The right-wing troll has lost his book deal and his job after being accused of making pro-paedophilia comments – but is this really the last we’ll see of him?
Professional alt-right controversialist Milo Yiannopoulos has had a pretty interesting week. After an internet livestream came to light in which he made comments which seemed to support sex between “younger boys” and older men, he was subsequently dropped from a prestigious speaking event, lost his book deal, and decided to resign from his role as senior editor of Breitbart news.
For many of us who have been following Milo’s career path, sadly it’s clear that we are not witnessing his descent into the dusty coal pit where he belongs. This man, who I’m assured can be a very charming presence (and certainly appeared so the one time I met him), has too many friends in high places to really find himself in dire straits because of this week’s events. His former boss at Breitbart, Steve Bannon, is currently President Donald Trump’s chief of staff.
As proved by the likes of Katie Hopkins, Piers Morgan and Camilla Long – who’s been called out this week on her lazy, arguably racist critique of Moonlight and Hidden Figures – there’s always been a market for media egotists with nasty opinions, especially if they are middle class and well spoken. Their idiocy is given legitimacy because of page views and column inches. And us, as readers, catch the bait time and time again – whether to feel brave enough to agree with them, or to condemn them.
“I don’t think this will do any harm to my profile. I have an opportunity now after what has happened to reach a larger audience” – Milo Yiannapoulos
Milo however, has always seemed to want to take everything one step further than his peers. This is probably why he’s wound up in America; he’s out to supersize his personality in a country which loves to take things to their extreme. He was no-platformed during 2015 at Manchester University in the north of England, but he managed to start a riot at the University of California, Berkeley, where masked anti-Milo protesters lit fires last month.
There are two things that are particularly interesting about how this has played out, things which, in the future, I hope could lead to the collapse of his steady, effusive persona. Firstly, the way in which Milo responded to the claims of paedophilia-apologeticness. “I’m a gay man and a child abuse victim,” he began his press conference.
While the fact that Milo had a sexual relationship with a priest when he was 13 is terrible, for someone who is so keen to reject the principles of “identity politics”, it’s telling how he jumps to use his own labels of suffering when the time calls for it. Using Milo’s own arguments, the fact that he is gay and a child abuse victim, should play no role in any of his statements, as it “drives people apart”.
But Milo has been treading the line of hypocrisy for a long time. Although he claims to wish he was straight, he uses his carefully cultivated queer aesthetic as a method of stealth from which to fire out missiles of hatred. His supporters rally around claims that he is a racist (he has a habit of subjecting ethnic minorities to particularly vicious online abuse and “doxxing”) by claiming that he “loves sucking black dick”. He’s homosexual but doesn’t believe in gay marriage and has played into dangerous stereotypes of the LGBT community being sexual deviants, and he comes from an immigrant, Anglo-Grecian family, but likes to spread, vicious, xenophobic lies about other immigrants.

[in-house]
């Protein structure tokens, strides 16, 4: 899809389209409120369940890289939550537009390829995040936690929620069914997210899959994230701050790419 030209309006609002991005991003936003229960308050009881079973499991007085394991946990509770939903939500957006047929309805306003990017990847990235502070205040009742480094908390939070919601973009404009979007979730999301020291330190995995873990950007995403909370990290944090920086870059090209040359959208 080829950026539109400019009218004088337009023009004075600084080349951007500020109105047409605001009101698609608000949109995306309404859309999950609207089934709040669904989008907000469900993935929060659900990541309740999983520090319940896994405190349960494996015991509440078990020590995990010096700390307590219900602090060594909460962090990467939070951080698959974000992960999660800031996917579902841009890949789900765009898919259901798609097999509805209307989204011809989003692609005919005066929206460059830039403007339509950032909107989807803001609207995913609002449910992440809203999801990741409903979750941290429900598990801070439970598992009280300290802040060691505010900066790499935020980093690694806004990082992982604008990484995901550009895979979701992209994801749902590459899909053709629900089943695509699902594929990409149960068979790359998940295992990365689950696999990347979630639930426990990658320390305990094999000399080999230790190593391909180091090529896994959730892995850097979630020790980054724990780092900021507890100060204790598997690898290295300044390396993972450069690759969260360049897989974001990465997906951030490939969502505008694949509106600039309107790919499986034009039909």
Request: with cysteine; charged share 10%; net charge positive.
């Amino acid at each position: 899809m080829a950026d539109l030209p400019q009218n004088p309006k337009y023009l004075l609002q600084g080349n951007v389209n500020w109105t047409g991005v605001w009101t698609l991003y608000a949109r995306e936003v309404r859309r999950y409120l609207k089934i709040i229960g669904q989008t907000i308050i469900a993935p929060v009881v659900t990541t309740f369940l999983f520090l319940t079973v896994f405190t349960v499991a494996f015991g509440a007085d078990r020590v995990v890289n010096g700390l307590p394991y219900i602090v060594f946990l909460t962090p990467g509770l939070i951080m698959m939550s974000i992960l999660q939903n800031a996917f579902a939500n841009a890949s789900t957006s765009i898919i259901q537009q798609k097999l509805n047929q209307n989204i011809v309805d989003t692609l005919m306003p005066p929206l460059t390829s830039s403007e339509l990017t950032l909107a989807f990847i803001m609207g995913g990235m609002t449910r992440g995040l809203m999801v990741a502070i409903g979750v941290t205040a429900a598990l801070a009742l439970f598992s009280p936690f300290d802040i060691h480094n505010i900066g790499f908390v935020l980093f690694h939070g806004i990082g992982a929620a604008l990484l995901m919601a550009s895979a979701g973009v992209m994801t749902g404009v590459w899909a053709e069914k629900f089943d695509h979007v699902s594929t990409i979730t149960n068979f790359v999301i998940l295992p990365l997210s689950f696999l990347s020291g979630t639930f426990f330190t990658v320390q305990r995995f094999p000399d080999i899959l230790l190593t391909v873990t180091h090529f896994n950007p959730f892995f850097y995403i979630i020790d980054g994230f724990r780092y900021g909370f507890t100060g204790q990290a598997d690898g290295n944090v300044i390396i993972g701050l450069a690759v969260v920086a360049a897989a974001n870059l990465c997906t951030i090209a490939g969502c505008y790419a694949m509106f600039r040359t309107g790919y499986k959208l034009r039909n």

Milo’s statements probably didn’t make much odds to his long-time followers – over the years he has revelled in saying outrageous statements with an especial focus on the fact that he apparently only has sex with black men, which, he’s said, puts him in the “ultimate conservative sin bin” – but for the prude Republicans in America who put so much emphasis on innocence and virginity, this statement on paedophilia, from a gay man to boot, was ultimately a step too far. Even Milo himself, as he pointed out in his initial non-apology on Facebook, has “outed” three paedophiles during his time as a journalist; he knows the currency their condemnation holds within the circles he frequents.
Black feminist writer Roxane Gay, who cancelled her upcoming book deal with Simon & Schuster after she was made aware that their conservative imprint, Threshold, was publishing Milo, has said that she believes that the publisher “made a business decision the same way they made a business decision when they decided to publish that man in the first place… They did not finally ‘do the right thing’ and now we know where their threshold, pun intended, lies.”
The idea of Milo costing prominent conservatives more than he’s able to give them is a fair point; they are all in love with the free market. It’s likely there are some on the right who do agree with Milo’s statements on pederasty, but are also aware that they’ve crossed that undefinable line surrounding free speech which so many are at loathe to draw – until it comes to the only innocents that they can perceive of, children.
He’s definitely lost some fans, but, as Milo he said himself, “I don’t think this will do any harm to my profile. I have an opportunity now after what has happened to reach a larger audience.” Let’s hope it’s just more bullshit.